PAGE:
Democratic President Barack Obama has never won an election in the very red state of Idaho.

But several of the president’s new ideas – as he called for in his State of the Union address – are favored by most Idahoans, a new Idaho Politics Weekly survey shows.

Most Idahoans support the president’s expansion of child care tax credits for families where more than one parent works, his call for employers to provide their employees with at least some paid sick leave and his increase in the minimum wage.

But most Gem State citizens oppose Obama’s plan to spend $60 billion to pay for the first two years of a community college education for qualifying students and his increase in the top capital gains tax, pollster Dan Jones & Associates found in a recent survey for IPW, which is sponsored by Zions Bank.

Obama visited Boise several weeks ago as part of his nationwide speaking tour espousing some of his new ideas for the final two years of his administration.

It was the first time the president has come to Idaho while in office.

Idaho has an all-Republican federal delegation, and it remains to be seen whether any of them will support the president’s various ideas as they are brought to the new Republican-controlled Congress.

Already, several members of the federal delegation have spoken out against the president’s ideas.

Jones finds that those federal lawmakers will move against their own constituents if they don’t support Obama on three of five of the president’s propositions polled Jan. 22-29. Jones questioned 605 Idahoans, with a margin of error of plus or minus 3.98 percent.

Jones asked:

-- “Do you support or oppose President Obama’s plan to expand tax credits for child care in families where more than one person is working?”

 Polling finds that 55 percent “strongly” or “somewhat” support that idea, while 39 percent “strongly” or “somewhat” oppose.


-- “Do you support or oppose President Obama’s proposed legislation that will require employers to provide paid sick leave for workers?”

Fifty-five percent support that requirement, 41 percent oppose.


-- “The minimum wage in the United States is currently $7.25 per hour. Do you support or oppose President Obama's proposal to increase the minimum wage?”

Sixty-one percent support the increase, only 36 percent oppose.


Idahoans don’t favor two of the president’s proposals.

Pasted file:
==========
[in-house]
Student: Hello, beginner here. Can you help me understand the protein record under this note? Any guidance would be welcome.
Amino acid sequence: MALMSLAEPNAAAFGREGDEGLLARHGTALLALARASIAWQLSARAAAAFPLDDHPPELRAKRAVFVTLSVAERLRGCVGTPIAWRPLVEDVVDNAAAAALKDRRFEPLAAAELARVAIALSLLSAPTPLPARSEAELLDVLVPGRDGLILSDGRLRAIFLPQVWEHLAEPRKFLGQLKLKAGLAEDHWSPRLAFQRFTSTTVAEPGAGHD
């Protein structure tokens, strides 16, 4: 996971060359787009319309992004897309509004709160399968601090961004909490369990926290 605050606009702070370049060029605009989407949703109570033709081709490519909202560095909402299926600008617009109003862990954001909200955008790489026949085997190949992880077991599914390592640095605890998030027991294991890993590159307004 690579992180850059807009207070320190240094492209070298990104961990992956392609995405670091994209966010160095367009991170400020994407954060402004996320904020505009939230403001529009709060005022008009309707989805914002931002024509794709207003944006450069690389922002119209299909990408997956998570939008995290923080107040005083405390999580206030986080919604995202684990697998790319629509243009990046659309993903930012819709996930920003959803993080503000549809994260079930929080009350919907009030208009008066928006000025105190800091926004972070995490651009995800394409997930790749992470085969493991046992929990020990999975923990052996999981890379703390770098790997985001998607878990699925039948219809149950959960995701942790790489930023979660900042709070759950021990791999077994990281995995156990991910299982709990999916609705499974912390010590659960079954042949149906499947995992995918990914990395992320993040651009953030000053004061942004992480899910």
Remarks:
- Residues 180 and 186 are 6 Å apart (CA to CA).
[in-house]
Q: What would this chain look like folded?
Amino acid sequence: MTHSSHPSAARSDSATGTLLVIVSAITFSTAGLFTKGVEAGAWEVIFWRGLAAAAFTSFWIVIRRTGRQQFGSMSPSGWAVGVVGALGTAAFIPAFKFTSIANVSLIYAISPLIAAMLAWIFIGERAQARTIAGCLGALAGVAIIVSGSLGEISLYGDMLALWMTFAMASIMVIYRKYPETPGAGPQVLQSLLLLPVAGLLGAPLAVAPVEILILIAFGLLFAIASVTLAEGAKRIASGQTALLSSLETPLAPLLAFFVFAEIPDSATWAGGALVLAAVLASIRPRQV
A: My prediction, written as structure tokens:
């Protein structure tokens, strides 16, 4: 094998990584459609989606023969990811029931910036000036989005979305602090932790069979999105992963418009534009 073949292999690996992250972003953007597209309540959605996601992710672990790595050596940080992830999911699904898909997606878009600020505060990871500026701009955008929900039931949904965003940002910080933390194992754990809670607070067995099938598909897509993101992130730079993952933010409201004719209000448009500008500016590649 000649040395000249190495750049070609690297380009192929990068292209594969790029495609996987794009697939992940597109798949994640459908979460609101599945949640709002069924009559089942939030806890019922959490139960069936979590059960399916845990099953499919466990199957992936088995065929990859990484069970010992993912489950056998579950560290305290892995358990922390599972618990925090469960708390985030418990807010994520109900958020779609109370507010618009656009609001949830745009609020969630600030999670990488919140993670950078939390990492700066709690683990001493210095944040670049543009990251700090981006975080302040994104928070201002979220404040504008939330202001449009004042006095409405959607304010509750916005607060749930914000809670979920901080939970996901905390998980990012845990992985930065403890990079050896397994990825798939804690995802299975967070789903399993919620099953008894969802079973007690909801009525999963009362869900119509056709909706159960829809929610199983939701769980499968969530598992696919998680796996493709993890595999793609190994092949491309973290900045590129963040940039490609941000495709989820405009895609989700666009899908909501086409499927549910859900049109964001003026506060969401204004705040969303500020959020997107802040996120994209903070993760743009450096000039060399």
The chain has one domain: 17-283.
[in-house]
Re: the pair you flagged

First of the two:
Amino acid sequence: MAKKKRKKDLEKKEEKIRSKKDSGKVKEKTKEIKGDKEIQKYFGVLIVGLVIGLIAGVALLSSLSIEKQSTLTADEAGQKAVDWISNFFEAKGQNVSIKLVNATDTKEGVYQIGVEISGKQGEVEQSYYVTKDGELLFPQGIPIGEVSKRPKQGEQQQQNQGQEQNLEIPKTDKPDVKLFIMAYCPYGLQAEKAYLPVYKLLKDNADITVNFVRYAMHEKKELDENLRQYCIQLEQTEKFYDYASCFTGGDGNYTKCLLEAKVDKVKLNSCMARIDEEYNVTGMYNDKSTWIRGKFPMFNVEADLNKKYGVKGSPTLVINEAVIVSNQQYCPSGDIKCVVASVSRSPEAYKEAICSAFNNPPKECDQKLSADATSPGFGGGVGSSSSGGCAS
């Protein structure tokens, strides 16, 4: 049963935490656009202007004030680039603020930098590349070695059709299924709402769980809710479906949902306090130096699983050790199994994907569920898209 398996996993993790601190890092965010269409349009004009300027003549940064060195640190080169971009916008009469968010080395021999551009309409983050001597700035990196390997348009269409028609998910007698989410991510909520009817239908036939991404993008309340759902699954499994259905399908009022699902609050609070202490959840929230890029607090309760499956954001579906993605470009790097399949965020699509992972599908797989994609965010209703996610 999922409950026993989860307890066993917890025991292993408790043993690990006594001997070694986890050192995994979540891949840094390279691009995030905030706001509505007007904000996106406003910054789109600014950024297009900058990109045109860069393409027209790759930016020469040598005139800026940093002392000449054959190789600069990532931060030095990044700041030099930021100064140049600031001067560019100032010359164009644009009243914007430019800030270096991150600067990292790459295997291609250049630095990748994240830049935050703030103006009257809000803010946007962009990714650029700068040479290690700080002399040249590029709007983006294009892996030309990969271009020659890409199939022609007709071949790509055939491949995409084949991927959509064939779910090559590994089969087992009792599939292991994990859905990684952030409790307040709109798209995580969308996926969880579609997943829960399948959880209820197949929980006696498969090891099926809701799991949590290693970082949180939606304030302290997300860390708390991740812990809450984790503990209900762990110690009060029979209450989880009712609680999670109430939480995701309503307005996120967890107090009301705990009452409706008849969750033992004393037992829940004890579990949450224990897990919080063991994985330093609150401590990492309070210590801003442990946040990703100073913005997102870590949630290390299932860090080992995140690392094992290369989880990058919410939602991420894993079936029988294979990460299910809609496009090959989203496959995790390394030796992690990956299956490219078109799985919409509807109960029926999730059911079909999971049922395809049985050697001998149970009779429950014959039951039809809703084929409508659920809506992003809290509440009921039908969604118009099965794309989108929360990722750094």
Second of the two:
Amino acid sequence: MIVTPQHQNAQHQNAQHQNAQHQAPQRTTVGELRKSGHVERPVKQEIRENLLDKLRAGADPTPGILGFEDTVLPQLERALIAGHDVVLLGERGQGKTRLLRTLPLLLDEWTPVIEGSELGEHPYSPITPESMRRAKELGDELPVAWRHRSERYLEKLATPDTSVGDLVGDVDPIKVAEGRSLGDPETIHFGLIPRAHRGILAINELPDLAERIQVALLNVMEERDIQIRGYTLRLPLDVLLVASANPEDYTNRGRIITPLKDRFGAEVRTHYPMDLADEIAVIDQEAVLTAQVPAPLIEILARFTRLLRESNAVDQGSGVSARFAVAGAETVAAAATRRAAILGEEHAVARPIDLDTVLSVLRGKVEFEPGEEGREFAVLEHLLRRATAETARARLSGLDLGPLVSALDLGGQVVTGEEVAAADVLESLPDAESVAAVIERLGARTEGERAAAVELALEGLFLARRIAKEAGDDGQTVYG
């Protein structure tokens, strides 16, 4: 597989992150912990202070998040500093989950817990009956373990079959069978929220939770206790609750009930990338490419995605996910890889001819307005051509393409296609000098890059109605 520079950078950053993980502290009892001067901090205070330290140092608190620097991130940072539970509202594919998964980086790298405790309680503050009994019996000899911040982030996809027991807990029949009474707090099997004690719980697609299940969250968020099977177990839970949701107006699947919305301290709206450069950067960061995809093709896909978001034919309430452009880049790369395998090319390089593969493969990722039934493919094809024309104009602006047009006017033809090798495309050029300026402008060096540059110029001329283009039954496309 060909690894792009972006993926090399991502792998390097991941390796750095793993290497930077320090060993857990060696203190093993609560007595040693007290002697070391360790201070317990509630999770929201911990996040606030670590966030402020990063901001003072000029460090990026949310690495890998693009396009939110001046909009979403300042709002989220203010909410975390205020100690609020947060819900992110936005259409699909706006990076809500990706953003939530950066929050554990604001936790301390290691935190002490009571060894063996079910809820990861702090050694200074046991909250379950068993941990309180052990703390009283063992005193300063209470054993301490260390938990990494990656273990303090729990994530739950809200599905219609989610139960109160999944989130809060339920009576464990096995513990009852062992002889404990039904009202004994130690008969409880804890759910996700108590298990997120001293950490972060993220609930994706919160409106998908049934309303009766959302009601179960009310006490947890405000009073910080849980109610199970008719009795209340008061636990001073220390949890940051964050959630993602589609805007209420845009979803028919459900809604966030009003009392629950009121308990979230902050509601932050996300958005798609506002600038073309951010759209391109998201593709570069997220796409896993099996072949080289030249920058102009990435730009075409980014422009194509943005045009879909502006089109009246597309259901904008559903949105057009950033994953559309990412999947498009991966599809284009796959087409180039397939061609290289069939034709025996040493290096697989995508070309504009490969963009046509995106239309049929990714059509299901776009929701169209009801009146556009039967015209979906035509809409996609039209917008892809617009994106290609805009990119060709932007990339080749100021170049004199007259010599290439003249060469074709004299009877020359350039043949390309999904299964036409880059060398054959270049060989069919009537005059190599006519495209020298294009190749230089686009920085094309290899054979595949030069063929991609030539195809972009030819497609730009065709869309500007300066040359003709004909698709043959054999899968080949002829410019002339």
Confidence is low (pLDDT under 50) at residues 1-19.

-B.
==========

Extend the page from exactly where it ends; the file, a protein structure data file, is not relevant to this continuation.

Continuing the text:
-- “Do you support or oppose President Obama’s plan to increase the top capital gains tax rate?

Fifty-three percent “strongly” or “somewhat” oppose that idea, only 36 percent support it.


-- “Do you support or oppose President Obama’s plan to provide approximately $60 billion to pay for the first two years of community college for qualified students?”

Fifty-two percent oppose that plan, 45 percent support it.


Idaho is a very Republican state. And when Jones broke out the responses according to political party preference, on every one of the president’s ideas, Idaho Republicans oppose him.

On expanded tax credits: 54-40 percent of the GOP against.

On increased capital gains tax: 76-14 opposed.

On free two-year community college tuition: 76-23 against.

On employer-paid sick leave: 50-46 percent opposed.

On increased minimum wage: 52-43 percent against.

By huge margins, Democrats were in favor of all of Obama’s ideas, Jones found.

Political independents were in favor of four of the president’s ideas, against only one.

Independents favor expanded tax credits, 59-36 percent; free community college tuition, 49-48 percent; employer provided sick leave, 52-46 percent; and increased minimum wage, 66-32 percent.

They opposed increasing the top capital gains tax, 46-41 percent.

So, there is, over all, support among Idahoans for several of Obama’s new agenda items, but whether the state’s all-Republican congressional delegation will give those opinions any weight remains to be seen.